I’ve been thinking a lot about the forthcoming election, which I think will go badly for the Democrats. Given that we’ll be looking at a rebuilding season, I thought I’d outline some of what I’ll be looking for as a consumer of liberal policies, as well as links to the related stuff I’ve written about these things in the recent past.
Looking through them, a few points keep coming up.
The future ought to be better than the past; there’s a reason why we’re the ‘progressive’ party. There are major changes coming in the world, as technology and transportation cause economies and cultures to intermingle, and provide unprecedented opportunity to those who have had none. We ought to be finding ways to manage the impacts of it, and help steer it toward a desirable (rather than “Snow Crash” like) future state. But we need to embrace the future, not recoil from it.
Just because the cultures are intermingling doesn’t mean we shouldn’t value and cherish ours. We’re noth the source of evil in the world, Noam Chomsky and Chris Hedges notwithstanding.
Given that what differentiates our side (Democrats) from the other side (GOP) ought to be the attention we pay to the welfare of the bottom 20% in wealth, income, and power, (we both ought to be concerned with the general welfare of society) perhaps we could lose the obnoxious elitism??
1) Scale matters. Rather than One Big Solution to problems, let’s work on policies that promote small, organically growing policies that directly impact the people targeted and put down roots. Not Le Corbusier, crabgrass.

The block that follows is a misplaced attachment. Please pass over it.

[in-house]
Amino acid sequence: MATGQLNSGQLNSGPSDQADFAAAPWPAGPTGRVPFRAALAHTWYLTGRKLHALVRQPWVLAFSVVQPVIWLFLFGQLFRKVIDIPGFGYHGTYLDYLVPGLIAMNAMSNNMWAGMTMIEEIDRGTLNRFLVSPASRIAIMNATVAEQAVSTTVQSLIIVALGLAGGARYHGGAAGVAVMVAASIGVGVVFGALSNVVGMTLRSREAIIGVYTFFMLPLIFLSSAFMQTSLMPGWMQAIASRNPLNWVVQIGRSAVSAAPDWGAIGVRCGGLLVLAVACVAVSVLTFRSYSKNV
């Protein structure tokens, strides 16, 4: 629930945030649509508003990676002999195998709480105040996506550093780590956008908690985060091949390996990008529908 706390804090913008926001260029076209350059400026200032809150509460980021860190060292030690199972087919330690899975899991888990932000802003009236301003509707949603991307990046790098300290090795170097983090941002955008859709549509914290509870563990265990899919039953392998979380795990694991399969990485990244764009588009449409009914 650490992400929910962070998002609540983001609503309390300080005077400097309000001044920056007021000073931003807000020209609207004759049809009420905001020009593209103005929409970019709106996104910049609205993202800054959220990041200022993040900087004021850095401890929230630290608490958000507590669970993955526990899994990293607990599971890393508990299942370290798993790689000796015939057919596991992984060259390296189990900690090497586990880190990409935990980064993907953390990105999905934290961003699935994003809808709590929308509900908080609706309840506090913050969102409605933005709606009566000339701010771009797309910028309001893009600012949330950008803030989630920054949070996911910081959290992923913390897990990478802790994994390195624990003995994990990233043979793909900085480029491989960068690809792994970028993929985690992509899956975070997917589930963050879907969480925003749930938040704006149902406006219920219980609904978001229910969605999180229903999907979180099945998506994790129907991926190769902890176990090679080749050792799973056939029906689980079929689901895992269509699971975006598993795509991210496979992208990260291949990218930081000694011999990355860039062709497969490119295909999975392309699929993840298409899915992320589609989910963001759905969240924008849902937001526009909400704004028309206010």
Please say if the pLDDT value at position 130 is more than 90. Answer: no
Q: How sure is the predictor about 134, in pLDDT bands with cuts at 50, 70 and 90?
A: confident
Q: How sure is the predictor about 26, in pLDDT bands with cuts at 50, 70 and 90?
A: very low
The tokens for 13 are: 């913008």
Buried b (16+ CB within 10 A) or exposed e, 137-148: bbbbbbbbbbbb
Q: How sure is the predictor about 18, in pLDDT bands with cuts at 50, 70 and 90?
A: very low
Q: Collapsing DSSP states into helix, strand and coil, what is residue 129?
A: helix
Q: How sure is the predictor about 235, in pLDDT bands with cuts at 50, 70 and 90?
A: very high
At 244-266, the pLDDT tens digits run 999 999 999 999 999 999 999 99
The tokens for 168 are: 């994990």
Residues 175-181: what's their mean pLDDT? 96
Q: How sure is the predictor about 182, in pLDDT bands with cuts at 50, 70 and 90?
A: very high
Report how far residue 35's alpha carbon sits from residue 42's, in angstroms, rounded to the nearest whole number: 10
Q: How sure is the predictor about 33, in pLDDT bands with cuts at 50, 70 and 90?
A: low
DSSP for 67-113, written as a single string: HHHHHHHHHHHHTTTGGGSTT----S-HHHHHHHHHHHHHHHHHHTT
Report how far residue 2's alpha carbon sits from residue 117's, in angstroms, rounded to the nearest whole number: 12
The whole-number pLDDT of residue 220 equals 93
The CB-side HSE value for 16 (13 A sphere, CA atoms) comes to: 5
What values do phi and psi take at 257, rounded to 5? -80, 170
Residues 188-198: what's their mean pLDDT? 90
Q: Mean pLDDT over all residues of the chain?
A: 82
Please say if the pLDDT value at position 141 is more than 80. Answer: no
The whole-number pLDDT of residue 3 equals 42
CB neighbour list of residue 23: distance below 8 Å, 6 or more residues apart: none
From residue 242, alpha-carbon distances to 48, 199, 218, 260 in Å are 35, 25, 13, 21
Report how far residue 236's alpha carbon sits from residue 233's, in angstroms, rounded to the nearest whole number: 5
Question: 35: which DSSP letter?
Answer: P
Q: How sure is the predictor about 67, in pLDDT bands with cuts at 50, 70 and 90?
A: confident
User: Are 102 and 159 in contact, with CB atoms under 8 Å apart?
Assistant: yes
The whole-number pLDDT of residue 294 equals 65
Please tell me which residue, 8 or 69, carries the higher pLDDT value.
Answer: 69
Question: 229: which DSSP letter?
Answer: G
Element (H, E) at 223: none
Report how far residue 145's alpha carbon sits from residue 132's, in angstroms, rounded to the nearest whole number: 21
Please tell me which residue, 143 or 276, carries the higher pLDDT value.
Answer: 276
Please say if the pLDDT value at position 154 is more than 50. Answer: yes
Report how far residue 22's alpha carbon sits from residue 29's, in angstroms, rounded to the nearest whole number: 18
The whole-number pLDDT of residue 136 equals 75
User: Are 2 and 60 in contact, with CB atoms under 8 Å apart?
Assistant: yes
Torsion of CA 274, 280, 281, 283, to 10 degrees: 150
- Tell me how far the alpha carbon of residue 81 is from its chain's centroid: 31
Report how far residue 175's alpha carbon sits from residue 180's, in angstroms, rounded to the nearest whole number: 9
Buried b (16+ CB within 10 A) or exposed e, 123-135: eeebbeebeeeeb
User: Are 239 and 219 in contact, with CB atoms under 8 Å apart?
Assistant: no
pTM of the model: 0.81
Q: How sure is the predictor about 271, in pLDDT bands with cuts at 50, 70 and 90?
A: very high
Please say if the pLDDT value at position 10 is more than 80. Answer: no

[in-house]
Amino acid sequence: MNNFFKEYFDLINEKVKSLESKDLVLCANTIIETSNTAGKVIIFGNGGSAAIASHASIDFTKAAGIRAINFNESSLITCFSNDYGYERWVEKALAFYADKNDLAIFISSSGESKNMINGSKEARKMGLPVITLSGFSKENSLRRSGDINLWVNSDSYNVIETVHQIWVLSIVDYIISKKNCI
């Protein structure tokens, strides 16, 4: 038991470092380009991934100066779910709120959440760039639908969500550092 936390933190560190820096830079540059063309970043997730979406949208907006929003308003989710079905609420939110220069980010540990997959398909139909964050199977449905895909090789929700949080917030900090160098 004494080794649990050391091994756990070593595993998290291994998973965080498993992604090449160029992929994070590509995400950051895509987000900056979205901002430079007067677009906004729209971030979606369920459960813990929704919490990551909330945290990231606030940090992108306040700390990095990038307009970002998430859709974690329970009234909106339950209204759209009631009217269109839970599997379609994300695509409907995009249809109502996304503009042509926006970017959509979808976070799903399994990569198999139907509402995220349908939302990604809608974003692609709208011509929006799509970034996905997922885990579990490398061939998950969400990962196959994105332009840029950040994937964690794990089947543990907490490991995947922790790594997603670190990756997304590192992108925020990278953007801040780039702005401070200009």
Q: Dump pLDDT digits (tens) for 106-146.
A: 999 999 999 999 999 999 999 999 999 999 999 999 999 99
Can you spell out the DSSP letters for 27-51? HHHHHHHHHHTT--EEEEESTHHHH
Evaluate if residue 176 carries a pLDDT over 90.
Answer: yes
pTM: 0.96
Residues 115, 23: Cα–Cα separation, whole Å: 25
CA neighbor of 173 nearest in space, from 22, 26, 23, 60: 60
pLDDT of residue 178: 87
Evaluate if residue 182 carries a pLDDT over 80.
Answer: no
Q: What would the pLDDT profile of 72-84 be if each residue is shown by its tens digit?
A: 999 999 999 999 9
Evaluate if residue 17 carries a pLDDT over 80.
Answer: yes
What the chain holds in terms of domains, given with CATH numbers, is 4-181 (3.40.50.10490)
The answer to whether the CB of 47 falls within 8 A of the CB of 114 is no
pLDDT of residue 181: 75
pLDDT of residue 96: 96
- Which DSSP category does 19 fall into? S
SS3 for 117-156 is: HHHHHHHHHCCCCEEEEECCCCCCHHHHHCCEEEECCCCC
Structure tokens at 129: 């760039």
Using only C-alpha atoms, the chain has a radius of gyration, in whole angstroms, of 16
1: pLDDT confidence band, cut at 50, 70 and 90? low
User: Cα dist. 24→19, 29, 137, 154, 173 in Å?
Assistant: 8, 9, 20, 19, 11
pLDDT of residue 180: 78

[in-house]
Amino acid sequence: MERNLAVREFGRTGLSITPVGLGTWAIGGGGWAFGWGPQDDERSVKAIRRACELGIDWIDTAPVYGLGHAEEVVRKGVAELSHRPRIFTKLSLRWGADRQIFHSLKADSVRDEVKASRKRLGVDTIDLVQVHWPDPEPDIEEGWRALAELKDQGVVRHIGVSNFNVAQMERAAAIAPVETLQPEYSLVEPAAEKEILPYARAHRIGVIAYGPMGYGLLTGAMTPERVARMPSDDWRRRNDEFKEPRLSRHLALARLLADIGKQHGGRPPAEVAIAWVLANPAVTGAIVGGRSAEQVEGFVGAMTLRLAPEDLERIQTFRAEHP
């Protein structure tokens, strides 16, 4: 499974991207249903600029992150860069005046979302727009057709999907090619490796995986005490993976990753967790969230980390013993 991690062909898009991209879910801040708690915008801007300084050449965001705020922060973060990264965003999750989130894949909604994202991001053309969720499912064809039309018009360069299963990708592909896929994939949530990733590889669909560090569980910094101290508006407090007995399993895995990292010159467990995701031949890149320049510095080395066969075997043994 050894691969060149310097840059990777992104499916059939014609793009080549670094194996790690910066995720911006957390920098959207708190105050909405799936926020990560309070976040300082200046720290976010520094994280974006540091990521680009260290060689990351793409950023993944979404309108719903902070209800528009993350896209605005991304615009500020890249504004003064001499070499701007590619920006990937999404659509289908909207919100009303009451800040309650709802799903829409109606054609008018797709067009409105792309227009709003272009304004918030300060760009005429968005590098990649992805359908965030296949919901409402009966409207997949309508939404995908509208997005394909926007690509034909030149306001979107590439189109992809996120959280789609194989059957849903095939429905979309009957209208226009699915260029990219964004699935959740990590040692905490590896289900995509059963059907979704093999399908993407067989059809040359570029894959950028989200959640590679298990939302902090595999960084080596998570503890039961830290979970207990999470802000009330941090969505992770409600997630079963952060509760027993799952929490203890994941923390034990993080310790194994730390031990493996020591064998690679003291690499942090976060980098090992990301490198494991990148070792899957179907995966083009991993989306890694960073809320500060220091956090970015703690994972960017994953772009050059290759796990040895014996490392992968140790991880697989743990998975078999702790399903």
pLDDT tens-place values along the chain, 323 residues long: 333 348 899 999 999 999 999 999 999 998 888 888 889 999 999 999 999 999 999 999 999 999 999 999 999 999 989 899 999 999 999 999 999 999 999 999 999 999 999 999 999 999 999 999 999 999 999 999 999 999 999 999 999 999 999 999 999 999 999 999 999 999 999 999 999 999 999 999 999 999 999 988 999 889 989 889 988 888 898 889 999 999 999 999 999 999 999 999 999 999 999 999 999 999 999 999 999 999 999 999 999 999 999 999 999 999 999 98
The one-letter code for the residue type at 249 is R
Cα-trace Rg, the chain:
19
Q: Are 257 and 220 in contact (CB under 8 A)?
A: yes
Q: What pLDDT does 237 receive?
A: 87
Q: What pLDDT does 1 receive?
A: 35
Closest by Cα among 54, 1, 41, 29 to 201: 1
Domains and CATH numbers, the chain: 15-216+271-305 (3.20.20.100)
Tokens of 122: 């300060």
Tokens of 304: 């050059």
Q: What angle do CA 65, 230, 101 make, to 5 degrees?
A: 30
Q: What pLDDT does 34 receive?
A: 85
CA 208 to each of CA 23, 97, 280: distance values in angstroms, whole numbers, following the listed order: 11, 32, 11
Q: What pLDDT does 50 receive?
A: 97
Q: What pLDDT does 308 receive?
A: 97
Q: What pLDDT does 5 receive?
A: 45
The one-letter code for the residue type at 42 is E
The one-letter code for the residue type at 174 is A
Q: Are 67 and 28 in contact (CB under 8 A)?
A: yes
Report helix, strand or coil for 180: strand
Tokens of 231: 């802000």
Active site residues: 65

2) Hypocrisy shows. When your welfare policy is set at AFSCME conferences or at private homes in the Malibu Colony, and your corporate governance policies are set by trial lawyers, it’s hard to get taken seriously. If you have investors (what I call the current class of political donors) make damn sure that your policies don’t tilt stupidly in their favor.(Hollywood, Democrats, DMCA)
3) Get out of the fishbowl. The political and media elites of this country live lives that are pretty well disconnected from those of their consumers. Find a way to break out. Bob Graham found one way; find others.
Most of all, don’t spend time focus-grouping clusters of policies; figure out something we can believe in – an attractive, articulate vision of what America and the world ought to be and a set of policies that offer a reasonable change of moving us toward that vision.
When Detroit builds good cars, people buy them. All the focus-group testing, marketing budgets, and binders full of sales spiffs won’t move them if they are just crappy cars.
So if you want my advice; it’s simple. Build good policies. Be trustworthy. Figure out why you’re a Democrat and make it stick.
I’m a Democrat because I believe that government policies ought to tilted in favor of my assistant – the single mom making $22,000 a year in Los Angeles – rather me, or than the investor whose portfolio only grew 2% last year (and yes, spare me, I know that our well-being is all connected. But how about some trickle-up policies for a change?).
Why are you a Democrat?